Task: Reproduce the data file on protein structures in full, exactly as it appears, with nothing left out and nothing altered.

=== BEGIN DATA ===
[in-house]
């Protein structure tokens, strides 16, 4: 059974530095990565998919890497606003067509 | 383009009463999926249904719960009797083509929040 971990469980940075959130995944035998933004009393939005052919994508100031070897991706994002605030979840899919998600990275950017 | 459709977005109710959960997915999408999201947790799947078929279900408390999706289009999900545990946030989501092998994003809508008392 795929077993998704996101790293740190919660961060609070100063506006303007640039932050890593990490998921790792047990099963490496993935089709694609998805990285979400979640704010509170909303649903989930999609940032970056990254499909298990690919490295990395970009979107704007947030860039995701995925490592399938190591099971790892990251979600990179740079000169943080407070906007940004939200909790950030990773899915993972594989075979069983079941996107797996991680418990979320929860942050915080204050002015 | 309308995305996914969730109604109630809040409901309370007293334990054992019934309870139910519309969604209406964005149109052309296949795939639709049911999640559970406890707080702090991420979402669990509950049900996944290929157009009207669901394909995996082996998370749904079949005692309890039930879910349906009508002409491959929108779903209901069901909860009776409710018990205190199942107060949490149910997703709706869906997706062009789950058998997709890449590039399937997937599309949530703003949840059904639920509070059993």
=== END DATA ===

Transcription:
[in-house]
């Protein structure tokens, strides 16, 4: 059974530095990565998919890497606003067509 | 383009009463999926249904719960009797083509929040 971990469980940075959130995944035998933004009393939005052919994508100031070897991706994002605030979840899919998600990275950017 | 459709977005109710959960997915999408999201947790799947078929279900408390999706289009999900545990946030989501092998994003809508008392 795929077993998704996101790293740190919660961060609070100063506006303007640039932050890593990490998921790792047990099963490496993935089709694609998805990285979400979640704010509170909303649903989930999609940032970056990254499909298990690919490295990395970009979107704007947030860039995701995925490592399938190591099971790892990251979600990179740079000169943080407070906007940004939200909790950030990773899915993972594989075979069983079941996107797996991680418990979320929860942050915080204050002015 | 309308995305996914969730109604109630809040409901309370007293334990054992019934309870139910519309969604209406964005149109052309296949795939639709049911999640559970406890707080702090991420979402669990509950049900996944290929157009009207669901394909995996082996998370749904079949005692309890039930879910349906009508002409491959929108779903209901069901909860009776409710018990205190199942107060949490149910997703709706869906997706062009789950058998997709890449590039399937997937599309949530703003949840059904639920509070059993």